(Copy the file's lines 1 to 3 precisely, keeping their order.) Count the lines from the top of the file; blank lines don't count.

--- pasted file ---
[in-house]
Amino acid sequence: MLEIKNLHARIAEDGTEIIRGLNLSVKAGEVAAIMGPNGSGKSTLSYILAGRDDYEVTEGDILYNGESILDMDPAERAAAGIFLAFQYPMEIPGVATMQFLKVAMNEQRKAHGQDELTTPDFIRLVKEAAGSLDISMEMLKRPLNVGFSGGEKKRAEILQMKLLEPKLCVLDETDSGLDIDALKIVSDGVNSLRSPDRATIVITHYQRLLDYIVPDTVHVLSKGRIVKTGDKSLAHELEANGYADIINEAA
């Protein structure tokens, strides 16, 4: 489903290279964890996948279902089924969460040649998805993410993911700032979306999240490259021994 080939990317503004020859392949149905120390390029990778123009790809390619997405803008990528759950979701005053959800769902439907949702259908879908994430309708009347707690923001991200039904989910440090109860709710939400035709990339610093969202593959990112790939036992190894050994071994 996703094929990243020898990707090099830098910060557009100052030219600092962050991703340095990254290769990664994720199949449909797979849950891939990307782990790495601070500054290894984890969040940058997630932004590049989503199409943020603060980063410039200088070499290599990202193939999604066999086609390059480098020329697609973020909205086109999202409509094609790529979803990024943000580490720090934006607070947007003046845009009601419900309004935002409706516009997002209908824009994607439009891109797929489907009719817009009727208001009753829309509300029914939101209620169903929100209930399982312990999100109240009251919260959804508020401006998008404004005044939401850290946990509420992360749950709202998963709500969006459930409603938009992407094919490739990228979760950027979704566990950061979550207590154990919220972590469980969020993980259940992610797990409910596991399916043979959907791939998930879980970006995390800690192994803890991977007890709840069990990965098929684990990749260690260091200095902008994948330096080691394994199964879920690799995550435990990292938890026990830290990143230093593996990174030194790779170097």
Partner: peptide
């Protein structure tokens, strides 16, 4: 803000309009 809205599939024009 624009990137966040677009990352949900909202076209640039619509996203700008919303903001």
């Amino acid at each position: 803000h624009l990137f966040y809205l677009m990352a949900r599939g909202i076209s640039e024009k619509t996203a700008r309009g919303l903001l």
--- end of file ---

[in-house]
Amino acid sequence: MLEIKNLHARIAEDGTEIIRGLNLSVKAGEVAAIMGPNGSGKSTLSYILAGRDDYEVTEGDILYNGESILDMDPAERAAAGIFLAFQYPMEIPGVATMQFLKVAMNEQRKAHGQDELTTPDFIRLVKEAAGSLDISMEMLKRPLNVGFSGGEKKRAEILQMKLLEPKLCVLDETDSGLDIDALKIVSDGVNSLRSPDRATIVITHYQRLLDYIVPDTVHVLSKGRIVKTGDKSLAHELEANGYADIINEAA
């Protein structure tokens, strides 16, 4: 489903290279964890996948279902089924969460040649998805993410993911700032979306999240490259021994 080939990317503004020859392949149905120390390029990778123009790809390619997405803008990528759950979701005053959800769902439907949702259908879908994430309708009347707690923001991200039904989910440090109860709710939400035709990339610093969202593959990112790939036992190894050994071994 996703094929990243020898990707090099830098910060557009100052030219600092962050991703340095990254290769990664994720199949449909797979849950891939990307782990790495601070500054290894984890969040940058997630932004590049989503199409943020603060980063410039200088070499290599990202193939999604066999086609390059480098020329697609973020909205086109999202409509094609790529979803990024943000580490720090934006607070947007003046845009009601419900309004935002409706516009997002209908824009994607439009891109797929489907009719817009009727208001009753829309509300029914939101209620169903929100209930399982312990999100109240009251919260959804508020401006998008404004005044939401850290946990509420992360749950709202998963709500969006459930409603938009992407094919490739990228979760950027979704566990950061979550207590154990919220972590469980969020993980259940992610797990409910596991399916043979959907791939998930879980970006995390800690192994803890991977007890709840069990990965098929684990990749260690260091200095902008994948330096080691394994199964879920690799995550435990990292938890026990830290990143230093593996990174030194790779170097």